The number of problems that arise from the use of social media has, in recent years, increased dramatically. Facebook now has over 900 million users; more than 500 million people are said to be tweeting and over 100 million professionals are connecting with each other on Linked-In. Every day more and more users of all ages and walks of life arrive, vying for attention in the social media sandstorm. All this means that employers are in uncharted territory and have to handle new challenges arising from new technology as best they can. It’s not always easy to get it right. You might have seen the case of Adrian Smith in the media last week, who was demoted for posting his opposition to gay marriage on Facebook in February last year.
After seeing an article entitled “Gay marriages get go ahead” on the BBC News website, the Christian linked this to his Facebook page and added the comment, “an equality too far”. Although the post was made outside of working hours and could not have been seen by anybody other than his Facebook friends, Mr Smith was told by his employer, Trafford Housing Trust, that his comments could upset other co-workers. Indeed, two colleagues read his remark and commented asking him to explain what he meant. The next evening he posted “I don’t understand why people who have no faith and don’t believe in Christ would want to get hitched in Church. The Bible is quite specific that marriage is for men and women.
If the state wants to offer civil marriage to the same sex then that is up to the state; but the state shouldn’t impose its rules on places of faith and conscience.” As a result of his status update and the subsequent comments, he lost his managerial position, had his salary cut by 40% and received a final written warning. Mr Smith brought breach of contract proceedings, saying that the trust acted unlawfully in demoting him. Last week, the high court ruled in his favour, finding that his postings did not amount to misconduct, and the demotion imposed by way of a disciplinary sanction was a breach of contract. Despite these findings, Mr Smith was awarded just £100 in compensation for technical reasons.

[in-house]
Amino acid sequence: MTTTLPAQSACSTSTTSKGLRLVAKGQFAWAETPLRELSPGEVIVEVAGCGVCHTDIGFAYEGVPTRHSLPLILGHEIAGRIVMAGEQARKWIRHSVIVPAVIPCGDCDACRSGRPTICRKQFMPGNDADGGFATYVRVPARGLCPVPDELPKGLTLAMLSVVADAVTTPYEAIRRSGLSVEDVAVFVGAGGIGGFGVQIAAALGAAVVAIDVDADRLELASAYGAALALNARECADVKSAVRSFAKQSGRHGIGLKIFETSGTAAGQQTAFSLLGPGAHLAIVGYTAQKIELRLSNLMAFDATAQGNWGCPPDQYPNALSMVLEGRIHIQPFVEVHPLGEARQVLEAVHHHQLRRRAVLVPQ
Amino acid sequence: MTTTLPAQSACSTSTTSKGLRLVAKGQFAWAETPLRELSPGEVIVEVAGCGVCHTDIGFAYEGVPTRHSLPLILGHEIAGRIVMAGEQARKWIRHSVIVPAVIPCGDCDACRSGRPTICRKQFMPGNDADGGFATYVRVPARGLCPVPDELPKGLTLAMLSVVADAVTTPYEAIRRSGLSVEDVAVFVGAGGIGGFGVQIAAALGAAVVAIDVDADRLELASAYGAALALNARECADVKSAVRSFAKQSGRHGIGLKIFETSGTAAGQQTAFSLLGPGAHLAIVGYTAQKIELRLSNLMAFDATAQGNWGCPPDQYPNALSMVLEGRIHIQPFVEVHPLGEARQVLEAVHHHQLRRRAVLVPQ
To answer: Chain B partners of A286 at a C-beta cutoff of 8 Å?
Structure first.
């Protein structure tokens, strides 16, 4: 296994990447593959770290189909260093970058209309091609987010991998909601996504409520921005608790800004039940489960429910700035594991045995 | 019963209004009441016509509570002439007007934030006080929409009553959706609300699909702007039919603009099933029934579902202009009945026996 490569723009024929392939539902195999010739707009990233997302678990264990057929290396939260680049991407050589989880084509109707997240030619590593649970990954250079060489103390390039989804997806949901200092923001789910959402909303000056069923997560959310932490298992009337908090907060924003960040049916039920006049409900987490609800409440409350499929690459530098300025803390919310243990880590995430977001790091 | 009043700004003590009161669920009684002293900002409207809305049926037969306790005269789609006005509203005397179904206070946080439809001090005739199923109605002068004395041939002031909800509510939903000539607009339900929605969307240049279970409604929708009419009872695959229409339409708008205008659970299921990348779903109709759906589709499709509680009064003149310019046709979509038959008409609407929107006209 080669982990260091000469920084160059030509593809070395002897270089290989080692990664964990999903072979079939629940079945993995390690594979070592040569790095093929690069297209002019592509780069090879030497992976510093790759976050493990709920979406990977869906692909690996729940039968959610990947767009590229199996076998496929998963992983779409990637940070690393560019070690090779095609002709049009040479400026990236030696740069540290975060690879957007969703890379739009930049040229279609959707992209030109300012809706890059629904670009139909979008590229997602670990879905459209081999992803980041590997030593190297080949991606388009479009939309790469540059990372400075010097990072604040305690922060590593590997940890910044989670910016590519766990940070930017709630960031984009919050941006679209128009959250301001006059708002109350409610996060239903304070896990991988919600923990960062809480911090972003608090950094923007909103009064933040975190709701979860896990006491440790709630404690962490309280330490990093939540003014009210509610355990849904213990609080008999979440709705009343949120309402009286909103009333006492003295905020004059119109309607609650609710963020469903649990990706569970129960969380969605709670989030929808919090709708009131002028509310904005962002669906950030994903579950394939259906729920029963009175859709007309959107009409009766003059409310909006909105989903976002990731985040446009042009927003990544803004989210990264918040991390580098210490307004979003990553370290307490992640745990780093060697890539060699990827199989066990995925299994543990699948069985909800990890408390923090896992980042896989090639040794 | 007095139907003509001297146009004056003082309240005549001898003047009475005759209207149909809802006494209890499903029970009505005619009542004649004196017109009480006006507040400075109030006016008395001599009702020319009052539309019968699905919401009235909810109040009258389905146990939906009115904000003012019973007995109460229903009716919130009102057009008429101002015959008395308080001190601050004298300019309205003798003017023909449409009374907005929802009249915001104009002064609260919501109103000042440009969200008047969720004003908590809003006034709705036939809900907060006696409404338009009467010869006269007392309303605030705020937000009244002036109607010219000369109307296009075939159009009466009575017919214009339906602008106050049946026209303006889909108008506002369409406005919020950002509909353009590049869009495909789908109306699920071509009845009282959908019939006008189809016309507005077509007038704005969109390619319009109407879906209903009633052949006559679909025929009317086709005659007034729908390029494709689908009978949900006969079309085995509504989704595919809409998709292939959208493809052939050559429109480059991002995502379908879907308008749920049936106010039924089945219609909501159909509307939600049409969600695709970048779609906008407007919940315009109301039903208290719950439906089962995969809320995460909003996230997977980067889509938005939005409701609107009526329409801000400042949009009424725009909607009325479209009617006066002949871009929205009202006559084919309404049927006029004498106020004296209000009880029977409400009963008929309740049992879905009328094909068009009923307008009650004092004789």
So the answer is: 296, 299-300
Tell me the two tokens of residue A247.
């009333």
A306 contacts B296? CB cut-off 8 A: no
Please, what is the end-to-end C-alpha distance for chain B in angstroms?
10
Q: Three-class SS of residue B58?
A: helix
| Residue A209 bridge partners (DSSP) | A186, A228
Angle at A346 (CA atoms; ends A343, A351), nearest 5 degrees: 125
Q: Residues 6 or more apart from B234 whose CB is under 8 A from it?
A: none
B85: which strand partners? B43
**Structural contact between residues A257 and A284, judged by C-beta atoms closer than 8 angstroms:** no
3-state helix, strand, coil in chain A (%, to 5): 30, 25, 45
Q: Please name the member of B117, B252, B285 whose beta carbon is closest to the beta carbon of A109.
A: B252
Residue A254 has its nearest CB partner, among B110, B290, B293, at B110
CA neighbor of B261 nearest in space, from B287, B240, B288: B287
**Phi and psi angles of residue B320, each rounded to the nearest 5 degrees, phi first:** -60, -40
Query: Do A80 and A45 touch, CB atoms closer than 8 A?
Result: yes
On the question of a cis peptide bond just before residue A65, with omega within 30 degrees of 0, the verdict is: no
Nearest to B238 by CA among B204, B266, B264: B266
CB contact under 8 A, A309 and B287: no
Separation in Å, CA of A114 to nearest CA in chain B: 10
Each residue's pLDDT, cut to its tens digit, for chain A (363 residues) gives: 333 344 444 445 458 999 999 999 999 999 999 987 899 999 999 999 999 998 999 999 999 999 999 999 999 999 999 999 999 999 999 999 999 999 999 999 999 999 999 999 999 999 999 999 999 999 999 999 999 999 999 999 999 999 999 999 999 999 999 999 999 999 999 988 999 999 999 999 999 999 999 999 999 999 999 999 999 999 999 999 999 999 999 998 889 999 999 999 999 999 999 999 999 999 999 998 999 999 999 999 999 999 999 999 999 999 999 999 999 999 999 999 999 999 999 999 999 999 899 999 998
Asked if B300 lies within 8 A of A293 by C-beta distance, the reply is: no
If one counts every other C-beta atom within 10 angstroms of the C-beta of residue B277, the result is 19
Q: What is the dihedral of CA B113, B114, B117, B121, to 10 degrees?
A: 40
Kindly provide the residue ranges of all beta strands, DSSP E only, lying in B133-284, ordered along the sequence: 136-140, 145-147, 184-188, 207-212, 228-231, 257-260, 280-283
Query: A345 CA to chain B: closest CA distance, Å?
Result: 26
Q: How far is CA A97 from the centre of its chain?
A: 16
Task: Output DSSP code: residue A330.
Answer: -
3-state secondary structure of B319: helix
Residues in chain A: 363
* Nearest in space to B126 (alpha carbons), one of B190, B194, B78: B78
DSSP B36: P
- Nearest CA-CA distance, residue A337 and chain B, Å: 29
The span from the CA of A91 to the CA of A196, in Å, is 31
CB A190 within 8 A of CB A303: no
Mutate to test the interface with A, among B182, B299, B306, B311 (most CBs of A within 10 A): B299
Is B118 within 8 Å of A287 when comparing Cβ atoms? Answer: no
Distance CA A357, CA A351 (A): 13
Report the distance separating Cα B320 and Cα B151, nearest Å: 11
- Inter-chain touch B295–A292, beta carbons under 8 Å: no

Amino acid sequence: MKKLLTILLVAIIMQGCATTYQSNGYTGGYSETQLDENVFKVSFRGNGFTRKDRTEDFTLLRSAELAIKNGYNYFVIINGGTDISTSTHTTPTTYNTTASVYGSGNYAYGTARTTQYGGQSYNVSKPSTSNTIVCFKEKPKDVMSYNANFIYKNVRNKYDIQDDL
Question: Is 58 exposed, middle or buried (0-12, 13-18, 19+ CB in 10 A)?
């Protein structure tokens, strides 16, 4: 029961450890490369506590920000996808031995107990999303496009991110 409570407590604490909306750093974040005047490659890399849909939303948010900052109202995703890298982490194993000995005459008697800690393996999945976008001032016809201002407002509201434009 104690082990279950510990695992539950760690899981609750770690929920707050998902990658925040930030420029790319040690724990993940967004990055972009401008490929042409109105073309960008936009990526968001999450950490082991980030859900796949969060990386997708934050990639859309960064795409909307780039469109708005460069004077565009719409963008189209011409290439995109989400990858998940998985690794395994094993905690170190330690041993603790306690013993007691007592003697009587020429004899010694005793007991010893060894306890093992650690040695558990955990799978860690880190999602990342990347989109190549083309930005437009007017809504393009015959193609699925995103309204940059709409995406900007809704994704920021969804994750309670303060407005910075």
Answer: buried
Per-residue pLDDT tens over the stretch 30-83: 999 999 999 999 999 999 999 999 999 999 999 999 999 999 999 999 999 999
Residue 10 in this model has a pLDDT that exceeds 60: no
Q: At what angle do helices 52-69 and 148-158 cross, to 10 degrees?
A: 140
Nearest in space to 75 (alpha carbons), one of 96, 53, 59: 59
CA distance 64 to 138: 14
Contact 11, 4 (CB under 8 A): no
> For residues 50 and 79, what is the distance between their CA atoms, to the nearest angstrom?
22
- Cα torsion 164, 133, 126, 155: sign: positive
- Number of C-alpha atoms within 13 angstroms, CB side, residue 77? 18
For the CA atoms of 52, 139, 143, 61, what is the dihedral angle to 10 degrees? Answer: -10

Mr Smith commented on this, stating that the money didn’t matter; it was the principle that was more important. He went on to say that “Britain is a free country where people have freedom of speech, and I am pleased that the judge’s ruling underlines that important principle”. Despite the title and Mr Smith’s comments however, freedom of speech is in no way entirely free. There are a number of cases this year in fact, where tweet-ers have been arrested and fined for their comments about athletes (Tom Daley and Fabrice Muamba) and celebrities (Gary Barlow, Katherine Jenkins) which are just too unpleasant to quote. Undoubtedly it is becoming harder and harder to control what employees are saying on online accounts, especially if you do not have access to them; but there is some limit as to what employees can post about you, your business and your colleagues.
I have been called in to help a number of organisations conduct disciplinary sanctions on employees who take the ‘freedom of speech’ rule too far. And yes, disciplinary sanctions for these types of matters are perfectly OK. Provided that there are legitimate reasons for further investigating a public posting on a social media account, then you are within your rights to do so. More often than not, reasons relate to spending time on social media sites when the employee should have been working (what a quaint old fashioned idea!); publicly criticising an employer in a way that can potentially damage business; bullying and harassment and issues relating to confidentiality.
There are ways you can limit your exposure to these types of risks and threats however, and having a solid social media policy in place is one way that you can help to control this. Firstly having a robust social media policy will remind employees of appropriate conduct on their social networking account and draw up guidelines concerning breaches of contract. This will help to clarify the grey areas of social media conduct which can be legally debatable; particularly when it comes down to dismissal on the grounds of misconduct. A lot of businesses use social media as a method of boosting business. Some even require employees to be on Linked-In or Twitter.
Having a social media policy can also outline how to use social media as an advantage for the company whilst outlining how best to achieve your business goals. Relatively few businesses are monitoring or attempting to control their employees’ behaviour on social media websites. If you haven’t done so already, I’d recommend getting that social media policy in place ASAP before an employee takes their right to freedom of speech too far.
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